This CD is reissued by ArkivMusic.
Notes and Editorial Reviews
It's not just technical achievements that Rodarmer has to offer; he also makes a beautiful sound, at once lustrous and warm, and has an impressive sense of style.
Turning to what Sony bills as a world premiere transcription of the Goldberg Variations for guitar, I was incredulous. Maybe the Goldbergs could be cogently presented, I thought, on the lute, which is an instrument well suited to polyphonic writing, but how could its complex textures be clearly rendered on the essentially harmony-oriented guitar?
Fortunately, it turns out that Kurt Rodarmer (about whom Sony vouchsafes no biographical information) agrees with me. Combining the roles of arranger, performer, and producer, he has made his version for
multiple guitars, anything from two to four of them, "recording each part separately and later mixing them down." Naturally there is a certain loss where the virtuoso conquest of technical demands is concerned, but this, as many may feel and as Glenn Gould used to argue passionately, is by no means necessarily a bad thing.
In any case, Rodarmer's dazzling finger skills still make a tremendous impression, especially by virtue of the combination of speed, steadiness, and clarity with which he dispatches such variations as No. 23, with its rapid parallel thirds and whirlwind cadential scales. In variations like Nos. 6, 21, and 24 Bach's canonic writing emerges with unusual lucidity. Nor are such technical achievements all Rodarmer has to offer. He makes a beautiful sound, at once lustrous and warm, that is vividly captured by the very clear sound. He realizes textures like those of the two-manual Variation 20 with a sure feeling for their drama. And he has an impressive sense of style, which is given expression by some elegant long grace notes in the Aria itself and in the 9/8 meter of Variation 24, and also by some well-conceived changes of articulation in the repeats.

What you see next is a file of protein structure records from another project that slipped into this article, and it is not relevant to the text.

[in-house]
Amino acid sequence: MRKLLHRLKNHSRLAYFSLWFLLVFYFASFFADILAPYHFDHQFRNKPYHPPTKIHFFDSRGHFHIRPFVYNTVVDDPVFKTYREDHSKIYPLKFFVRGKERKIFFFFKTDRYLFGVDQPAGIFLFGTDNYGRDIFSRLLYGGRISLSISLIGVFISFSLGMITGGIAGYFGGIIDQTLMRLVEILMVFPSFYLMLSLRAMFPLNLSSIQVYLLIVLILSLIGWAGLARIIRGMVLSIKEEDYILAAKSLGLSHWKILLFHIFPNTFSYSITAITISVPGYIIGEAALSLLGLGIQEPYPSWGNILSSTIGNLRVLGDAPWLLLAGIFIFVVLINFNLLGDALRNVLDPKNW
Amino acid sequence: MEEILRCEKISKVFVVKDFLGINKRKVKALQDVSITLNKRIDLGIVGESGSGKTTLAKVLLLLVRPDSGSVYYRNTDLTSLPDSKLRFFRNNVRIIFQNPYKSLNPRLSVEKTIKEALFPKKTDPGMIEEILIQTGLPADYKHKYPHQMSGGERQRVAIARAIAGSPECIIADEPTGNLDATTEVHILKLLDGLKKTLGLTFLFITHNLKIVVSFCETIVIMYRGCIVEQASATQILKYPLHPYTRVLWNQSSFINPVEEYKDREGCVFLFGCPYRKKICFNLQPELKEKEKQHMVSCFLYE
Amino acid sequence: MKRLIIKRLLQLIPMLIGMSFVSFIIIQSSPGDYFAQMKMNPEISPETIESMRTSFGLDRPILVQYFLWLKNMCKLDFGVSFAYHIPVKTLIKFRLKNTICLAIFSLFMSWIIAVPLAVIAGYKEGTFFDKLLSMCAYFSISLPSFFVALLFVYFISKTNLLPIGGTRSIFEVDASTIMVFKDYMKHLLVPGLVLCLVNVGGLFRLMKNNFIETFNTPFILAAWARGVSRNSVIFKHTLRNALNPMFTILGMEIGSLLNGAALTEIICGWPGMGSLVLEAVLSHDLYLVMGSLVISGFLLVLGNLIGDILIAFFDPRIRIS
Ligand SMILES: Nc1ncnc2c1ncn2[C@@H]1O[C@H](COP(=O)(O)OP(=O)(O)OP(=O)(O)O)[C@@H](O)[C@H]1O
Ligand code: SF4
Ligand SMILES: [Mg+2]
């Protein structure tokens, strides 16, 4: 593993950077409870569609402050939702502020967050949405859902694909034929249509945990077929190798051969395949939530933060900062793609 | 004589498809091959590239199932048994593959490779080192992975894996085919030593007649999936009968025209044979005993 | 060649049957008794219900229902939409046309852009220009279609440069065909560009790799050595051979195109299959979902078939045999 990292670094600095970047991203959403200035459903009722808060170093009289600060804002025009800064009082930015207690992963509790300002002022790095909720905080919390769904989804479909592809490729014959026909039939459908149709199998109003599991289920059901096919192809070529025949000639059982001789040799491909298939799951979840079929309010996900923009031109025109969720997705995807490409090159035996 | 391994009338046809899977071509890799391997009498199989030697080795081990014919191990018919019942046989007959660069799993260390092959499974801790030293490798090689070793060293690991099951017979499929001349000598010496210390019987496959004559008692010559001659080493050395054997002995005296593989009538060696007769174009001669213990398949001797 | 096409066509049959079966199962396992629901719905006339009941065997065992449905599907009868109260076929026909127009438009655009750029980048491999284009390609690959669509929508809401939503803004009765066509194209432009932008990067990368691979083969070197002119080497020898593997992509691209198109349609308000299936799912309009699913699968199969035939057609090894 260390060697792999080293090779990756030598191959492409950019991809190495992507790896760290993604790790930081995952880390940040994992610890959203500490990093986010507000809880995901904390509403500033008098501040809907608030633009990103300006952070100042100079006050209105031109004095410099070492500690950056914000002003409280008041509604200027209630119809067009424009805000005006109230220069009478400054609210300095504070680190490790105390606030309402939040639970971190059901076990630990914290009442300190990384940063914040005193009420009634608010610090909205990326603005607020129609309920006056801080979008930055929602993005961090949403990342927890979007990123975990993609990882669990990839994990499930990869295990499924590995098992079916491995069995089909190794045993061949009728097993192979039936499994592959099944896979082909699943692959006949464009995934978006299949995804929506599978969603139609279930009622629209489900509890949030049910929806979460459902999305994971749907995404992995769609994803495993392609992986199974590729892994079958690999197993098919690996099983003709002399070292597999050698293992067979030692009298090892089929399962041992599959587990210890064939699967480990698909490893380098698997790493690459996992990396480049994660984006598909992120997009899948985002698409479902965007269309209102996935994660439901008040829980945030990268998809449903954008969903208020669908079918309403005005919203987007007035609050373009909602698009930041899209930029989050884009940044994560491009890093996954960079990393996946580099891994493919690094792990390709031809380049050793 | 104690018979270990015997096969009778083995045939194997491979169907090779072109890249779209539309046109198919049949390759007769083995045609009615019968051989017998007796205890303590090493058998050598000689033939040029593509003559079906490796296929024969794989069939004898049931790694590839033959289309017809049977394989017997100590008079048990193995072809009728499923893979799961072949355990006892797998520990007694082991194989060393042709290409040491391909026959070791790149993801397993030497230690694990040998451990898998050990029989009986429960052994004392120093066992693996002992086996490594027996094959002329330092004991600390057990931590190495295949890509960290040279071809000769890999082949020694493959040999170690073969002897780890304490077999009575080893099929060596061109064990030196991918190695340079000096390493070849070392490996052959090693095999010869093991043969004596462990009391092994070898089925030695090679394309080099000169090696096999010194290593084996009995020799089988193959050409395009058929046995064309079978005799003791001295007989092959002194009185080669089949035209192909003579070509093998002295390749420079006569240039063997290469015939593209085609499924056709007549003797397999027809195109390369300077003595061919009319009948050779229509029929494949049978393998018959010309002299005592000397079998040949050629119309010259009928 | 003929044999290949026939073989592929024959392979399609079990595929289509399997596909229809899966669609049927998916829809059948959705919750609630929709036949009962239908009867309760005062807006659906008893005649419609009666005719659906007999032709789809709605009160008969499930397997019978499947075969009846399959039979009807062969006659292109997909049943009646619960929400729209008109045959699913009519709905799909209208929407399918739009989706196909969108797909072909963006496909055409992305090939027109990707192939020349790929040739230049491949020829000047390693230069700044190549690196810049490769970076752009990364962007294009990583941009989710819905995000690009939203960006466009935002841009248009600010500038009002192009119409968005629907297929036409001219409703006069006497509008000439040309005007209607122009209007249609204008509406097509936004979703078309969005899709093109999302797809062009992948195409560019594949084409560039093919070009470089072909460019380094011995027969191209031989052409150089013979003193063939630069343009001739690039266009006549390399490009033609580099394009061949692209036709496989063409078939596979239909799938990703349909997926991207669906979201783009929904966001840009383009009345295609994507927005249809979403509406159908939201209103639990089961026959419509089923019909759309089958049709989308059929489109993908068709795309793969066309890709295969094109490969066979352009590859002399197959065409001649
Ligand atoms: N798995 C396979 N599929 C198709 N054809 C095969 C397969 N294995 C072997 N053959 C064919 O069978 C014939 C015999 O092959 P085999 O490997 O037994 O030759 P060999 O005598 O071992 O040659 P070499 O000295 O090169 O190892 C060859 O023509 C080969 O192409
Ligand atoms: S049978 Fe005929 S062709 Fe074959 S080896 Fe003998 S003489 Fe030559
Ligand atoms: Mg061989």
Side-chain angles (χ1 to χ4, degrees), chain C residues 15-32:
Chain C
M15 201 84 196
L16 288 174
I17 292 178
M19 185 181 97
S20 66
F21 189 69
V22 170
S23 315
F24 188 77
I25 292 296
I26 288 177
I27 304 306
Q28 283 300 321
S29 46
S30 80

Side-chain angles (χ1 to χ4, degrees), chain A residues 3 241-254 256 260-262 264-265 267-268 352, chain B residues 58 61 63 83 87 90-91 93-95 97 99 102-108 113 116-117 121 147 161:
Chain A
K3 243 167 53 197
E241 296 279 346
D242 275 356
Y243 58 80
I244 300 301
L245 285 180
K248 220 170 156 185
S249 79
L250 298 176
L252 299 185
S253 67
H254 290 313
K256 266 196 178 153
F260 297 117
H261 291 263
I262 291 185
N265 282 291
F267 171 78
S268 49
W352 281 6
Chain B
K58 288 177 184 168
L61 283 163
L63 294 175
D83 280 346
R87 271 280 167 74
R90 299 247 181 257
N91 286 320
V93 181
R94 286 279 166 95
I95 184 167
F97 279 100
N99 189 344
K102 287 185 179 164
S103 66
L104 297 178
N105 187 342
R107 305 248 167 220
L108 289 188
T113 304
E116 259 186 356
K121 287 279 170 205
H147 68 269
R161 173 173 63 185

These latter, by the way, are omitted in the Aria but included in the variations, with only a few exceptions. The decision to omit the first of the two repeats in Variation 16 but to include the second one seems perverse, since this variation is designed in the form of a French overture, with stately introduction and dancelike fast section, and that is a genre where the tradition of repeating the introduction was surely invariable in Bach's time.
Aside from one or two such minutiae, and from a slightly mechanical feeling in the treatment of the minor-mode Variation 25 (where, perhaps symptomatically, both repeats are ignored), I found both the conception of Rodarmer's arrangement—a refreshing blend of artistic respect with absence of pomposity—highly persuasive. Like Bach on the accordion, I wouldn't want to hear Goldberg on the guitar every time. But I am glad to have both in my collection to indulge in as an occasional and artistically worthwhile treat.
-- Bernard Jacobson, FANFARE [5/1998]
Works on This Recording
Goldberg Variations, BWV 988 by Johann Sebastian Bach
Kurt Rodarmer (Guitar)
Written: 1741-1742; Nuremberg, Germany
Venue: Highland Studios, Los Gatos, California
Length: 73 Minutes 36 Secs.
Notes: Transcribed: Kurt Rodarmer
Composition written: Nuremberg, Germany (1741 - 1742).
Variation 3, Canone all'Unisono
Variation 6, Canone alla Seconda
Variation 9, Canone alla Terza
Variation 12, Canone alla Quarta
Variation 15, Canone alla Quinta in moto contrario
Variation 18, Canone alla Sesta
Variation 21, Canone alla Settima
Variation 24, Canone all'Ottava
Variation 27, Canone alla Nona
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